CD-RW/DVD-RW Multi-Burner

The drive itself works fine in any case, but when it's used as normal EIDE-device there's no DMA support because it's connected to the SATA-controller. Hence it's necessary to use it as SATA-device to get the full speed and low CPU utilization needed, for instance to play DVDs without annoying stuttering.

Current vanilla kernels from http://www.kernel.org have the code for ATAPI support via SATA already included, but it's not enabled by default. After reading some comments about various Linux distributors already enabling the functionality in their custom kernels, I figured it's worth giving it a try.

Kernel 2.6.12.x:

In the kernel source tree in includes/linux/libata.h you have to change

#undef ATA_ENABLE_ATAPI                /* define to enable ATAPI support */
#undef ATA_ENABLE_PATA /* define to enable PATA support in some
* low-level drivers */
#undef ATAPI_ENABLE_DMADIR /* enables ATAPI DMADIR bridge support */

at around line 40 to

#define ATA_ENABLE_ATAPI                /* define to enable ATAPI support */
#define ATA_ENABLE_PATA /* define to enable PATA support in some
* low-level drivers */
#define ATAPI_ENABLE_DMADIR /* enables ATAPI DMADIR bridge support */

Kernel 2.6.14 and beyond:

Just add "libata.atapi_enabled=1" to the kernel command line in the GRUB configuration.

Using the Debian kernel package (currently linux-image-2.6.16-1-686 in sid/unstable), just make sure that the initrd is created in a way that the libata module is loaded with the atapi_enabled=1 option set. Depending on the programm you're using to create the initrd, it's necessary to configure the following files:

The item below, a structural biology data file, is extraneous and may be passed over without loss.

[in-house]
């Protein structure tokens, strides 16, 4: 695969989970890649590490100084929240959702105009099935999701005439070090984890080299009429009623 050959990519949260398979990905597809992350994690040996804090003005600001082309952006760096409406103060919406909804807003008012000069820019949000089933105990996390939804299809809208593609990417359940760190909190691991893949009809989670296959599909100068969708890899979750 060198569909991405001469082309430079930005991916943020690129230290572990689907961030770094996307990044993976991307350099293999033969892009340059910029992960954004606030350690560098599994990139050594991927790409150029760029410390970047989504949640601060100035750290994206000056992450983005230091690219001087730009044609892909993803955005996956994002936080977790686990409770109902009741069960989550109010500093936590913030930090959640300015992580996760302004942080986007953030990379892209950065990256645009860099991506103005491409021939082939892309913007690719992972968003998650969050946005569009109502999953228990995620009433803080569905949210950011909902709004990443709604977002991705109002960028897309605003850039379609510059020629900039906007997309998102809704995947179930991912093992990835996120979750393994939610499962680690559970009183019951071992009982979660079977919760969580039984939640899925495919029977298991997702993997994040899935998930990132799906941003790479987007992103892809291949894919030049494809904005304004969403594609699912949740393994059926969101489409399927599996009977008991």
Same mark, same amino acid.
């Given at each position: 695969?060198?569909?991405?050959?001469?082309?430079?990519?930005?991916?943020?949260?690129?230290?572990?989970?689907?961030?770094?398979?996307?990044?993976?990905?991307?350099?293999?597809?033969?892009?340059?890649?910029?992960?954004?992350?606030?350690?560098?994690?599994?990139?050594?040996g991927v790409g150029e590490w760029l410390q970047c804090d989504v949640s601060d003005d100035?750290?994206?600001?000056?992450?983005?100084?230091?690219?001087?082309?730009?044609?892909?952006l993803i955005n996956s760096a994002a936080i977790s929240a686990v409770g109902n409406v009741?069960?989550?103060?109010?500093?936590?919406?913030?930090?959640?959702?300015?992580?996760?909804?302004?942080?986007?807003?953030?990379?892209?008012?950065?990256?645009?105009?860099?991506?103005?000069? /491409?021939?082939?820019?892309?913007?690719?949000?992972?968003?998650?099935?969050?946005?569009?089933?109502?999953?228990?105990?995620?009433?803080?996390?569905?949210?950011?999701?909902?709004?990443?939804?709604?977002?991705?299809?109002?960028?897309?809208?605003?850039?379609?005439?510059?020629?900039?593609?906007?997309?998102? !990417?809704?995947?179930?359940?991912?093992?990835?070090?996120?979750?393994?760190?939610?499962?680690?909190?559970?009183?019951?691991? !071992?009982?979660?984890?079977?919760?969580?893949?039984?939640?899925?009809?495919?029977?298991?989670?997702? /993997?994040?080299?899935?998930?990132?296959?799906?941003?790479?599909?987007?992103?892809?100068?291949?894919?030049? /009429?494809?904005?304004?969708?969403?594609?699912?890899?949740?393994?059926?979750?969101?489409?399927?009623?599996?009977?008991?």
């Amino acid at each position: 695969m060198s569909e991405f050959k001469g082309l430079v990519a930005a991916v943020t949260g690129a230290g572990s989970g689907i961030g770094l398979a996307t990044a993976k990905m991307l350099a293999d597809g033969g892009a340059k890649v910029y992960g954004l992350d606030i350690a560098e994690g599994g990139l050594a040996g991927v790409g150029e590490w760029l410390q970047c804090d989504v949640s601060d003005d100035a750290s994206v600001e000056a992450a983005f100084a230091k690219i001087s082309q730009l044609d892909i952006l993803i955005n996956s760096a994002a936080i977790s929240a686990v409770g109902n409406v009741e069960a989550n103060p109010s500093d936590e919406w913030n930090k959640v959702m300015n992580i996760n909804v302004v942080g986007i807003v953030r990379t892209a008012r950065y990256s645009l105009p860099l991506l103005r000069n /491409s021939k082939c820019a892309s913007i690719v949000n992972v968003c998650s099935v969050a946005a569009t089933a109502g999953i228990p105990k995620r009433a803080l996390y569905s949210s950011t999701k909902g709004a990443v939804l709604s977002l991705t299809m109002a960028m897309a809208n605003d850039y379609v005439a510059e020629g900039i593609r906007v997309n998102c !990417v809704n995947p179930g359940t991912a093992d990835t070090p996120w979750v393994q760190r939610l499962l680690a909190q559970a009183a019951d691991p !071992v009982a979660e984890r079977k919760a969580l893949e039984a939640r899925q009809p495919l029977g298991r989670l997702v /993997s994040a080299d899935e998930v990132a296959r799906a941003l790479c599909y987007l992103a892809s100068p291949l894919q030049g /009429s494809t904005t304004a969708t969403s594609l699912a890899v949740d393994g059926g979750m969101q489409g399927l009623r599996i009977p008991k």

Package initrd-tools:

Put the line

libata atapi_enabled=1

into /etc/mkinitrd/modules

Package initramfs-tools:

Put the above line into /etc/mkinitramfs/modules

Package yaird:

Make sure the option is configured in the /etc/modprobe.d/ directory, e.g. put the line

options libata atapi_enabled=1

into a file /etc/modprobe.d/cdrom

Either way, you have to re-create the initrd afterwards, either manually (see the manual pages for mkinitrd, mkinitramfs and yaird, respectively) or by running dpkg-reconfigure linux-image-2.6.16-1-686 

Notes:

If patching is necessary you have to recompile and install the kernel as described on the kernel configuration page. After rebooting into the new kernel, the optical drive should then be accessible via /dev/scd0 (or /dev/sr0) for reading and /dev/sg1 for writing.

If your system still uses /dev/hdc (i.e. the drive is not found in /proc/scsi/scsi) it's maybe because the IDE-detection routines at startup find the multi-burner before the libata subsystem tries to access it. You can disable the IDE-detection by passing "ide1=noprobe" as kernel parameter in your GRUB configuration.

After a week of testing there haven't been any problems so far, so it seems to work fine. Playing DVDs now works perfectly, and writing to optical media works as well. But of course, you can also wait until the kernel developers think the feature is stable enough to enable it by default in the kernel.

Since I use various kernels at the moment, some with the SATA-ATAPI features enabled and some without, I put the following lines into an init script to fix the /dev/cdrom and /dev/dvd symlinks depending on kernel configuration:

# fix dvd and cdrom links
rm -f /dev/cdrom /dev/dvd
if grep -q MATSHITA /proc/scsi/scsi
then
# running libata enabled kernel
ln -s /dev/sr0 /dev/cdrom
ln -s /dev/sr0 /dev/dvd
else
# running kernel with only IDE support
ln -s /dev/hdc /dev/cdrom
ln -s /dev/hdc /dev/dvd
fi

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